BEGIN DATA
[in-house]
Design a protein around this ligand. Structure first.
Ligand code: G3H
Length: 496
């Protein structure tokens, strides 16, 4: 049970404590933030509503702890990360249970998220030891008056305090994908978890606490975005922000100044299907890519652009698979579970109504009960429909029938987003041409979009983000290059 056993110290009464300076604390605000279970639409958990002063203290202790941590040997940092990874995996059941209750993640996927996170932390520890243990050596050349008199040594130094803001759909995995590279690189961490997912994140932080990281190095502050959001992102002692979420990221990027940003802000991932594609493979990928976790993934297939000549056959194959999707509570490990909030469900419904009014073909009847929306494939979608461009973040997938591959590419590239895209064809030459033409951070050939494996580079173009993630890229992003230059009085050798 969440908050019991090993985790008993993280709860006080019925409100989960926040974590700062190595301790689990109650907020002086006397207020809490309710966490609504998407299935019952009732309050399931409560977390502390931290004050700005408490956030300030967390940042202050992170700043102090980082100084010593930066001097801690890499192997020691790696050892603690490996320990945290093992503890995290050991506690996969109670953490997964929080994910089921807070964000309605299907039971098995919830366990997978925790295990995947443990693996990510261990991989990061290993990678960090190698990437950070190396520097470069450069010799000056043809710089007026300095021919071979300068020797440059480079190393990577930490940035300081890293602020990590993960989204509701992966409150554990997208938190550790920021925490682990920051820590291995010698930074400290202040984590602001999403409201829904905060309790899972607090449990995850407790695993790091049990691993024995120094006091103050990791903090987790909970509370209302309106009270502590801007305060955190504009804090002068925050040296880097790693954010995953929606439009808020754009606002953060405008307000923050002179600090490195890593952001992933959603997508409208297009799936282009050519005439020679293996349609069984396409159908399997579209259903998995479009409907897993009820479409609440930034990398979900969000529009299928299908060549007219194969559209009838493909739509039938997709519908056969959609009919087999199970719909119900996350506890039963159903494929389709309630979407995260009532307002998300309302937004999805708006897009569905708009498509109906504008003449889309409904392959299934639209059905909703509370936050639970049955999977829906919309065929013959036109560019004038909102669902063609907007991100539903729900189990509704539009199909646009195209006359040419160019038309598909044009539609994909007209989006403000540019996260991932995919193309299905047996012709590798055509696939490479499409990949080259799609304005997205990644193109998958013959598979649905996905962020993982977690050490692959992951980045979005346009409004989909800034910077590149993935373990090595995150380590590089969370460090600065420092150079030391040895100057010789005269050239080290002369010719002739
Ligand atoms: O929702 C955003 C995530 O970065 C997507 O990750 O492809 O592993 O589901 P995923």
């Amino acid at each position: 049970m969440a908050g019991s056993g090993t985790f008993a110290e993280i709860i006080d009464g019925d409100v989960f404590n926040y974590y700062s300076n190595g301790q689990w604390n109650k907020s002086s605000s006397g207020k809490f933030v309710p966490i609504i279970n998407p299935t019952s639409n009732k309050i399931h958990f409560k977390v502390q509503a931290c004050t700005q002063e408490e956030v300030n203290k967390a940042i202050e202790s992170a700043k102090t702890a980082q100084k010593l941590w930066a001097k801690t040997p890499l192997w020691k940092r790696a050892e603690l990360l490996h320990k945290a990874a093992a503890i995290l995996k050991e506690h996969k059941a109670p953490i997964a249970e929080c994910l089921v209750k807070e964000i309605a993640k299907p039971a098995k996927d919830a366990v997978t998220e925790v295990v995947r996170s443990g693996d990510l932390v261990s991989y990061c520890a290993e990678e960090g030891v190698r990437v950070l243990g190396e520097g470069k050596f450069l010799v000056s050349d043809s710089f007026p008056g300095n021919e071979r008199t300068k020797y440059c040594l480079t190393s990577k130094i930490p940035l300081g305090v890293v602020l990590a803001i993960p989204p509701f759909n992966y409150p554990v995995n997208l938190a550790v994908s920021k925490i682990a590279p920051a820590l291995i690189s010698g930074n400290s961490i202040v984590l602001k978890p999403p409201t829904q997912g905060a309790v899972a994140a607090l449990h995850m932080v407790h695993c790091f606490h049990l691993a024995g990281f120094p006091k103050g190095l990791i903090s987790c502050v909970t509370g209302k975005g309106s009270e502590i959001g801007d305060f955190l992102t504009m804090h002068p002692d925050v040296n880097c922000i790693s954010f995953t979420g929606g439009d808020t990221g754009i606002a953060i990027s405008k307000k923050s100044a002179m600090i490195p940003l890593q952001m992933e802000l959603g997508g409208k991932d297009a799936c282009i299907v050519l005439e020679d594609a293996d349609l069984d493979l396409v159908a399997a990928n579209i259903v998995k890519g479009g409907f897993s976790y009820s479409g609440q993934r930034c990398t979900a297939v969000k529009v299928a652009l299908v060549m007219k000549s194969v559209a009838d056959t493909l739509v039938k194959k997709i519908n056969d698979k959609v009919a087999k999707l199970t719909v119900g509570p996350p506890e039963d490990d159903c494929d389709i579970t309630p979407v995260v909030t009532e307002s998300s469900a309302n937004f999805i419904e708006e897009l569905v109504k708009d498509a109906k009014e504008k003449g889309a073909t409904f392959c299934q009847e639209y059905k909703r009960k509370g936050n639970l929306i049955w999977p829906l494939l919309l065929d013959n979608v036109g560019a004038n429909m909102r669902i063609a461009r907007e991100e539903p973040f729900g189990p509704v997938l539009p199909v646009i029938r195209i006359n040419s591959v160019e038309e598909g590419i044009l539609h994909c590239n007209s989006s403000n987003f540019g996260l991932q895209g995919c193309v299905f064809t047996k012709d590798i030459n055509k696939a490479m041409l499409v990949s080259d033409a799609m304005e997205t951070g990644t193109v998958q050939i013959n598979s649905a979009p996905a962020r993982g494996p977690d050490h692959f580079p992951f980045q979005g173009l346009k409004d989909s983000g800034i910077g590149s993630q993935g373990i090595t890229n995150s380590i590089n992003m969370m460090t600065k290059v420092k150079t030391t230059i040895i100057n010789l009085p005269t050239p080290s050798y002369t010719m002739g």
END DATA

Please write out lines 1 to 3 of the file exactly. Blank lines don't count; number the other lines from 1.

[in-house]
Design a protein around this ligand. Structure first.
Ligand code: G3H